The Boston Foundation and the Cleanup of Boston Harbor

Center for Strategic Philanthropy and Civil Society (Duke)



Case Study Sector


Since its founding in the seventeenth century, the city of Boston, Massachusetts, had relied upon its harbor for economic growth and turned to it for recreation. But starting with the Puritans, who dumped their household waste directly into the harbor, maintaining water quality was a problem. The city’s first storm sewers, built in 1820, carried rainwater and raw sewage to the harbor and were soon judged to be inadequate. As the metropolitan region grew and ever greater amounts of waste flowed through the sewers, there never seemed to be time or money enough to overhaul the system as a whole.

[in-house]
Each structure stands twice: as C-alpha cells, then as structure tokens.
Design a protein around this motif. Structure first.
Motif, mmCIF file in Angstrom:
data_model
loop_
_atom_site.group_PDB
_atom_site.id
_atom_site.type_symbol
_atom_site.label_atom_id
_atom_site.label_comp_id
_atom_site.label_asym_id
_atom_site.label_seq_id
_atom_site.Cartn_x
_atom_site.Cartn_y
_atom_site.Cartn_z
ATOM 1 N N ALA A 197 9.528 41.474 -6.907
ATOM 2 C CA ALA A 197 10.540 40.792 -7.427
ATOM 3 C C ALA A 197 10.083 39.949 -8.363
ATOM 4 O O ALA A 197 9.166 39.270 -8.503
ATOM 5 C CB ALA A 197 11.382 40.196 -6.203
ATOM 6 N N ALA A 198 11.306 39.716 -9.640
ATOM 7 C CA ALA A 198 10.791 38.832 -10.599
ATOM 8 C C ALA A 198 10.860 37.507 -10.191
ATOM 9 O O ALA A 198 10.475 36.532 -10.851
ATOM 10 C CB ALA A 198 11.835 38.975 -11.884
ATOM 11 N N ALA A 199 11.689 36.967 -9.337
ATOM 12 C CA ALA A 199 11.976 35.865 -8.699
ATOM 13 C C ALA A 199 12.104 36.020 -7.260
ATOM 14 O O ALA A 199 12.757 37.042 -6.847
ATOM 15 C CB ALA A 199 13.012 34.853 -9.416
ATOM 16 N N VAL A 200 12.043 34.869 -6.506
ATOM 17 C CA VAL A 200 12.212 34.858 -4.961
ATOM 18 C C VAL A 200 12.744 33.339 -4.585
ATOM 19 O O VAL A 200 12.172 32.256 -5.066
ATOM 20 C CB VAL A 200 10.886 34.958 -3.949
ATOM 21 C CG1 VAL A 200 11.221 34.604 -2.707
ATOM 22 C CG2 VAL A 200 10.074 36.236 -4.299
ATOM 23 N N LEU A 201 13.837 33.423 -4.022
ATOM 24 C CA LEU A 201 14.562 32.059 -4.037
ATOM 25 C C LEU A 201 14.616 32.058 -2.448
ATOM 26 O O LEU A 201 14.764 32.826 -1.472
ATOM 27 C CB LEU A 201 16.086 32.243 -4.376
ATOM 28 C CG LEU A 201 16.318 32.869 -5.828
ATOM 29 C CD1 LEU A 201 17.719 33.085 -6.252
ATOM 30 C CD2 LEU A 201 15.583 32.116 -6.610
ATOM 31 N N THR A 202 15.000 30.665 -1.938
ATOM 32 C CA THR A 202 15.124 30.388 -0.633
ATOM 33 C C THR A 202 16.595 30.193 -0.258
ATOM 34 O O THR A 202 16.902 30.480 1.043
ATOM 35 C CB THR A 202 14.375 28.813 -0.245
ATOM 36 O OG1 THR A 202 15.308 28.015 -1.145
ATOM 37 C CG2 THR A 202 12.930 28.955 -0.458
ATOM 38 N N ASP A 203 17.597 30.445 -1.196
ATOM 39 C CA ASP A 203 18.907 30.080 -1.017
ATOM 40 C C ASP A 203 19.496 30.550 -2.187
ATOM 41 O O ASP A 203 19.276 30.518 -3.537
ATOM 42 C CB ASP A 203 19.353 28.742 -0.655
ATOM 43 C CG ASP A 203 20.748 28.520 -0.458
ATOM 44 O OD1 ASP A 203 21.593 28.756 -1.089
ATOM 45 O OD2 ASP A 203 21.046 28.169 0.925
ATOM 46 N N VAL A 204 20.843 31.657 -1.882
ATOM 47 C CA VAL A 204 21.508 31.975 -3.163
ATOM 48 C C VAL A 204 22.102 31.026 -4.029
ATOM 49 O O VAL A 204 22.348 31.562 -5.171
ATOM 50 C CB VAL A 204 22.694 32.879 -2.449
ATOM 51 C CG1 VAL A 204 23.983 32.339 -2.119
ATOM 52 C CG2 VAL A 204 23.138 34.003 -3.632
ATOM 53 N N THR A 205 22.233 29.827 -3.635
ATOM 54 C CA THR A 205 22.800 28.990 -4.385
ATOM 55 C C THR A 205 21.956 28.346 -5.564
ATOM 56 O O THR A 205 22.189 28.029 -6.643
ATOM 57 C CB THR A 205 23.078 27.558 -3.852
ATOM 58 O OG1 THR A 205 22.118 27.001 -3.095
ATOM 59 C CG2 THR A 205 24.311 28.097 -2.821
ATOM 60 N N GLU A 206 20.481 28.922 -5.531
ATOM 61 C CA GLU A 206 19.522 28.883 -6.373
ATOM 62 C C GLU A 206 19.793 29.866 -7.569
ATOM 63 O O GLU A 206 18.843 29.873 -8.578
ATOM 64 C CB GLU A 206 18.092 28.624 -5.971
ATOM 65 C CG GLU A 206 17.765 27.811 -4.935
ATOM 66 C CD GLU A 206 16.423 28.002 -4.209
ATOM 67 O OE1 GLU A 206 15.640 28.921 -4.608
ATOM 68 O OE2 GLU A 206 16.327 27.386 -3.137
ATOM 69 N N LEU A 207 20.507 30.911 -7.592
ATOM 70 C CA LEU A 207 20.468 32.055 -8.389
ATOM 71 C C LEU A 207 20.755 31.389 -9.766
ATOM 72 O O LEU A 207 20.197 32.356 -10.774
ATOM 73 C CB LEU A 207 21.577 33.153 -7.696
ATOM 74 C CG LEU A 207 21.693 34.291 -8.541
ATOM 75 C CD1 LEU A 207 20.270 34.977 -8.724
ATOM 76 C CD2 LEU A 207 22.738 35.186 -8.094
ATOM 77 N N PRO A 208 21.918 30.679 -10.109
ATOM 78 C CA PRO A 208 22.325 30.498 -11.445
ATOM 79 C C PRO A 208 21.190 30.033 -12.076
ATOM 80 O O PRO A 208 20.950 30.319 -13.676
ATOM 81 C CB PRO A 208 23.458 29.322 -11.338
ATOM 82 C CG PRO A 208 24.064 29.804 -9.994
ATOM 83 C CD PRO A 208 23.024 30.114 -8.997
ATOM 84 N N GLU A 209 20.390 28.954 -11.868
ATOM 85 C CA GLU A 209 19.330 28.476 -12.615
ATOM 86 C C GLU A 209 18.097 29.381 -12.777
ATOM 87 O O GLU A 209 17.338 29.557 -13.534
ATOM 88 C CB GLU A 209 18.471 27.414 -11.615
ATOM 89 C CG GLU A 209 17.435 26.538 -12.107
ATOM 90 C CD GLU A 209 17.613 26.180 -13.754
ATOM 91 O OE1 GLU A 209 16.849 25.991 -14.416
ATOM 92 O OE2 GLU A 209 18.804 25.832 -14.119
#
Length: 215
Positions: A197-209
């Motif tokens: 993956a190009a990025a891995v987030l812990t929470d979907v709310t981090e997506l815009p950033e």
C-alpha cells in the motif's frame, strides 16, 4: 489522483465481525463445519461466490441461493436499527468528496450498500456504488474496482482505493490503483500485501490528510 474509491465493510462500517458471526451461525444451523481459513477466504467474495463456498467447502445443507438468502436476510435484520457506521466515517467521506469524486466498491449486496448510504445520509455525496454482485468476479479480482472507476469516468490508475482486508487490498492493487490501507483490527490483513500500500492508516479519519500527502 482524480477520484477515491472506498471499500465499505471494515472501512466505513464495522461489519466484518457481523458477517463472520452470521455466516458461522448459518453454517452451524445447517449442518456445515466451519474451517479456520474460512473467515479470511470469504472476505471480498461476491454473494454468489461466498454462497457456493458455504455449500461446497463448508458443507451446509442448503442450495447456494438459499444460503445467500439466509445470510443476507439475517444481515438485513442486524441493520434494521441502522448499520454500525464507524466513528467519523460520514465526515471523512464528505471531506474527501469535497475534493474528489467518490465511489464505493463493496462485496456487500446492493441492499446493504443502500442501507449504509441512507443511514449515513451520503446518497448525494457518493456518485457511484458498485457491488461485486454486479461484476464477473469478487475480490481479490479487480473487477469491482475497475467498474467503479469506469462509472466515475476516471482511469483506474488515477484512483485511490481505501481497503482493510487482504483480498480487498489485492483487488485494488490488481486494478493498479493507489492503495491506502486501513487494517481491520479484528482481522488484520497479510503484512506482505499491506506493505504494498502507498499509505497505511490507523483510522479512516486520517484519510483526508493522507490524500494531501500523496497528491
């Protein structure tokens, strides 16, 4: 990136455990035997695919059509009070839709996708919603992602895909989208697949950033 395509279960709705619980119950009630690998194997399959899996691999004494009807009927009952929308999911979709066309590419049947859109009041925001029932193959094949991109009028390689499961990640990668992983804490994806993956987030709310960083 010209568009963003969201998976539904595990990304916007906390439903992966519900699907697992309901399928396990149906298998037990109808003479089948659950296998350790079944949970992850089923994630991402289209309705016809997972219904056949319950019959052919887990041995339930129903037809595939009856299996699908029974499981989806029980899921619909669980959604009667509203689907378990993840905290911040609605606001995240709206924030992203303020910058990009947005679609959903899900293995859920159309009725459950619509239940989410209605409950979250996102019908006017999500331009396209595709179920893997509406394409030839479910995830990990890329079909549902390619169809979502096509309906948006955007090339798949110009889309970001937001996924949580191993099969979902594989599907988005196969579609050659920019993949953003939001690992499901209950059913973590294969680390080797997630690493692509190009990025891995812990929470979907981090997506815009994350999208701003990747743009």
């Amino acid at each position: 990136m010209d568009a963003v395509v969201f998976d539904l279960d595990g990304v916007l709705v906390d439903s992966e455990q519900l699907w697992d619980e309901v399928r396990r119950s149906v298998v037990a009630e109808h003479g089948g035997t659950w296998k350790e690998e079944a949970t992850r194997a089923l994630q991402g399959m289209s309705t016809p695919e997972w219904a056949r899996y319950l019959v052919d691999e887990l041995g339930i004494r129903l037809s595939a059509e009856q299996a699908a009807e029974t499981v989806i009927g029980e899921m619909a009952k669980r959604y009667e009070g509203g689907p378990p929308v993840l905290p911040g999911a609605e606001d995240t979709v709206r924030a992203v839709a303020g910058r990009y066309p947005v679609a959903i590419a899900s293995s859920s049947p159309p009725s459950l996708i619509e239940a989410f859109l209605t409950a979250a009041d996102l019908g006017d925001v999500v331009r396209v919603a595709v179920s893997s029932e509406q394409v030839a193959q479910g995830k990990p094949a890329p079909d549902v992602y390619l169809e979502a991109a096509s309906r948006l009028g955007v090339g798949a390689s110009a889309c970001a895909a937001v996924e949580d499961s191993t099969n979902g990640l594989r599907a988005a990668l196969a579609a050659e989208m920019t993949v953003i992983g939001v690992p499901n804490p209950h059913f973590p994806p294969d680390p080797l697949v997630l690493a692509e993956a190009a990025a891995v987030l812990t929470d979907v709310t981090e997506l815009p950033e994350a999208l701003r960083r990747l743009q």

In December of 1982, the city of Quincy filed a lawsuit against the Metropolitan District Commission (MDC) and the Boston Water and Sewer Commission (BWSC) in state court, charging that the agencies had violated the Massachusetts Clean Water Act; the suit also charged the agencies with violating laws requiring the maintenance of proper sewers and prohibiting the discharge of pollutants into coastal waters.
The next year, the Boston Foundation awarded the Conservation Law Foundation $15,000 to support its parallel suit against the MDC and the EPA—a small amount, seemingly, but still a grant equal in size to the CLF’s annual budget of just a few years previous. . . .



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